Available Now! (click cover)

America's Counter-Revolution
The Constitution Revisited

From the back cover:

This book challenges the assumption that the Constitution was a landmark in the struggle for liberty. Instead, Sheldon Richman argues, it was the product of a counter-revolution, a setback for the radicalism represented by America’s break with the British empire. Drawing on careful, credible historical scholarship and contemporary political analysis, Richman suggests that this counter-revolution was the work of conservatives who sought a nation of “power, consequence, and grandeur.” America’s Counter-Revolution makes a persuasive case that the Constitution was a victory not for liberty but for the agendas and interests of a militaristic, aristocratic, privilege-seeking ruling class.

Friday, June 30, 2017

TGIF: The American Way of War

The most striking fact about the United States of America is not its supposed founding principles — more often lauded than observed — but how often “the greatest country on earth” has waged war. If we count wars against internal “enemies” (i.e., the Indians), covert foreign wars, and aid to other states’ aggressive external and internal wars, we can see the United States has been at war almost continuously since it broke free from Britain. By one estimate this nation has been at war 214 out of the 228 years since the Constitution took effect — that’s 94 percent of the time — and there were wars during the Articles of Confederation period too. Contrary to popular misconception, the war state did not begin in 1945. From the start, war was an acceptable means to national policy ends, whether to open markets or to install friendly regimes.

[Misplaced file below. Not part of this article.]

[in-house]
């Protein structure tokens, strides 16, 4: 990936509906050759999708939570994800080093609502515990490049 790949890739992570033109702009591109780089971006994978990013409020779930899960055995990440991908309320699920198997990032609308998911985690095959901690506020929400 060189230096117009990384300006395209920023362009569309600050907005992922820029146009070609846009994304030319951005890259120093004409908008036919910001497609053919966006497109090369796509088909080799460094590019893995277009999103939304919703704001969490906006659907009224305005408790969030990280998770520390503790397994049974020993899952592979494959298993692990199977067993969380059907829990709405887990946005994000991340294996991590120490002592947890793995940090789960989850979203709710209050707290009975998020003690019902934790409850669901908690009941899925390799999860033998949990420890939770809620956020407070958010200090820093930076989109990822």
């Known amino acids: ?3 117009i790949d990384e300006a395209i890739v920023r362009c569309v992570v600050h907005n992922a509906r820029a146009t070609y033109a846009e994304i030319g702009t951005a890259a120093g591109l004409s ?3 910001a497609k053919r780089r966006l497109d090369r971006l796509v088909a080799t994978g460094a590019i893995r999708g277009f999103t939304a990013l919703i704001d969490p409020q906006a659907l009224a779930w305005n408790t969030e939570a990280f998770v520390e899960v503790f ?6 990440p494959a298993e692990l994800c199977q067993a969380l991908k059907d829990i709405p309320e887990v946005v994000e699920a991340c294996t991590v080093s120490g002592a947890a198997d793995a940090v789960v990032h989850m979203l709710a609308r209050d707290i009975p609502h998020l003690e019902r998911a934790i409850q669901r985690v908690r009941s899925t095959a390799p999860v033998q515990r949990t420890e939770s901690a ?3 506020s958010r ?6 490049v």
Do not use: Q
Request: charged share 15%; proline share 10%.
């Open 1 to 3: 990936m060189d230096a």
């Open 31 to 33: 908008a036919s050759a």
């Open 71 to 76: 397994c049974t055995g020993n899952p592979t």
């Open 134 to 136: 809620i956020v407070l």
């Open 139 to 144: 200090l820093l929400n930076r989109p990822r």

Read TGIF at The Libertarian Institute.

TGIF (The Goal Is Freedom) appears on Fridays. Sheldon Richman, author of America's Counter-Revolution: The Constitution Revisited, keeps the blog Free Association and is executive editor of The Libertarian Institute. He is also a senior fellow and chair of the trustees of the Center for a Stateless Society and a contributing editor at Antiwar.com. Become a Free Association patron today!

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